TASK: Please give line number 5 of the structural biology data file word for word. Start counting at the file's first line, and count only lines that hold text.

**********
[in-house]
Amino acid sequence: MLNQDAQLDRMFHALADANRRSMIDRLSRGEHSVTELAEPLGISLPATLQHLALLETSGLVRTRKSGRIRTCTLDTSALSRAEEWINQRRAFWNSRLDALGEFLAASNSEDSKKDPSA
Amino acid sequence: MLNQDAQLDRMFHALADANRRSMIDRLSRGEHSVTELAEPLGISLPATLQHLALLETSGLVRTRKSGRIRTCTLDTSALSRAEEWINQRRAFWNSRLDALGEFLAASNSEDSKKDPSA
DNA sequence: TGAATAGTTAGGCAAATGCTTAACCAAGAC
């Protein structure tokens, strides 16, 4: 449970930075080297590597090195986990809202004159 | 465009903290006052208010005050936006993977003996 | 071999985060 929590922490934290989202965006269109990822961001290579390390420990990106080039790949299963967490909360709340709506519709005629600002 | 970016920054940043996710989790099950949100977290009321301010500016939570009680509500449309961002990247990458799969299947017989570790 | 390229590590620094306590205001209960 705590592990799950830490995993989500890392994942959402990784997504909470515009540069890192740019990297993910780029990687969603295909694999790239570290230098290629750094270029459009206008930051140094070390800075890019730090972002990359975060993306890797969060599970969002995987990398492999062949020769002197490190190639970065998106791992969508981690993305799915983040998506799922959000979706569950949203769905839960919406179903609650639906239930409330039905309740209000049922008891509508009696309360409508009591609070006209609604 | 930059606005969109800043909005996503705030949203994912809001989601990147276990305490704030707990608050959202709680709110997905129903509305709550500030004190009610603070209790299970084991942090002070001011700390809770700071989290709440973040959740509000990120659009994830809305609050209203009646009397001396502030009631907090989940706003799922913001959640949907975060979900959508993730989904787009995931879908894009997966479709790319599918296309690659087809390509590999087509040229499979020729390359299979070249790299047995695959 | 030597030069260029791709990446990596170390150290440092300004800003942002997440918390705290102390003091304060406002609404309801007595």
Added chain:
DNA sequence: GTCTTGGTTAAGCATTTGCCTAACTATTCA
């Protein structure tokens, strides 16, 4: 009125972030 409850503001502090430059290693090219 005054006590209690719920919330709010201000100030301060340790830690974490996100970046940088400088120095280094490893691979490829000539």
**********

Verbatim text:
């Protein structure tokens, strides 16, 4: 449970930075080297590597090195986990809202004159 | 465009903290006052208010005050936006993977003996 | 071999985060 929590922490934290989202965006269109990822961001290579390390420990990106080039790949299963967490909360709340709506519709005629600002 | 970016920054940043996710989790099950949100977290009321301010500016939570009680509500449309961002990247990458799969299947017989570790 | 390229590590620094306590205001209960 705590592990799950830490995993989500890392994942959402990784997504909470515009540069890192740019990297993910780029990687969603295909694999790239570290230098290629750094270029459009206008930051140094070390800075890019730090972002990359975060993306890797969060599970969002995987990398492999062949020769002197490190190639970065998106791992969508981690993305799915983040998506799922959000979706569950949203769905839960919406179903609650639906239930409330039905309740209000049922008891509508009696309360409508009591609070006209609604 | 930059606005969109800043909005996503705030949203994912809001989601990147276990305490704030707990608050959202709680709110997905129903509305709550500030004190009610603070209790299970084991942090002070001011700390809770700071989290709440973040959740509000990120659009994830809305609050209203009646009397001396502030009631907090989940706003799922913001959640949907975060979900959508993730989904787009995931879908894009997966479709790319599918296309690659087809390509590999087509040229499979020729390359299979070249790299047995695959 | 030597030069260029791709990446990596170390150290440092300004800003942002997440918390705290102390003091304060406002609404309801007595």